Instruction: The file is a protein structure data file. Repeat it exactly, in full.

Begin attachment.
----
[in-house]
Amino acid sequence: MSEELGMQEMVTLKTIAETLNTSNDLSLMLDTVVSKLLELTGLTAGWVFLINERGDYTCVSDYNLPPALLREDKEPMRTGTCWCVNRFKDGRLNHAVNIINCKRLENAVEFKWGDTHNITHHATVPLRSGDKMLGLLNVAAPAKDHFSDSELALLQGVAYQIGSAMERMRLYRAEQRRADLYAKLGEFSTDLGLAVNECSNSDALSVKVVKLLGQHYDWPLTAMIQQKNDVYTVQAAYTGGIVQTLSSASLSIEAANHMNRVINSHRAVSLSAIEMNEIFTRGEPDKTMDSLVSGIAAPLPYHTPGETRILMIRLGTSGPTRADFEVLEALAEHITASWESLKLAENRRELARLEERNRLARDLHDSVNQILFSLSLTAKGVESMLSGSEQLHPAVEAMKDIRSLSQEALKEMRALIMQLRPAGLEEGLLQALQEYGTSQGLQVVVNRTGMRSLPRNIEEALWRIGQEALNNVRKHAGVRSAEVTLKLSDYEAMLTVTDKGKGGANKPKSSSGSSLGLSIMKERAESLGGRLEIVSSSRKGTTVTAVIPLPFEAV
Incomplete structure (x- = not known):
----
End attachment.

[in-house]
Amino acid sequence: MSEELGMQEMVTLKTIAETLNTSNDLSLMLDTVVSKLLELTGLTAGWVFLINERGDYTCVSDYNLPPALLREDKEPMRTGTCWCVNRFKDGRLNHAVNIINCKRLENAVEFKWGDTHNITHHATVPLRSGDKMLGLLNVAAPAKDHFSDSELALLQGVAYQIGSAMERMRLYRAEQRRADLYAKLGEFSTDLGLAVNECSNSDALSVKVVKLLGQHYDWPLTAMIQQKNDVYTVQAAYTGGIVQTLSSASLSIEAANHMNRVINSHRAVSLSAIEMNEIFTRGEPDKTMDSLVSGIAAPLPYHTPGETRILMIRLGTSGPTRADFEVLEALAEHITASWESLKLAENRRELARLEERNRLARDLHDSVNQILFSLSLTAKGVESMLSGSEQLHPAVEAMKDIRSLSQEALKEMRALIMQLRPAGLEEGLLQALQEYGTSQGLQVVVNRTGMRSLPRNIEEALWRIGQEALNNVRKHAGVRSAEVTLKLSDYEAMLTVTDKGKGGANKPKSSSGSSLGLSIMKERAESLGGRLEIVSSSRKGTTVTAVIPLPFEAV
Incomplete structure (x- = not known):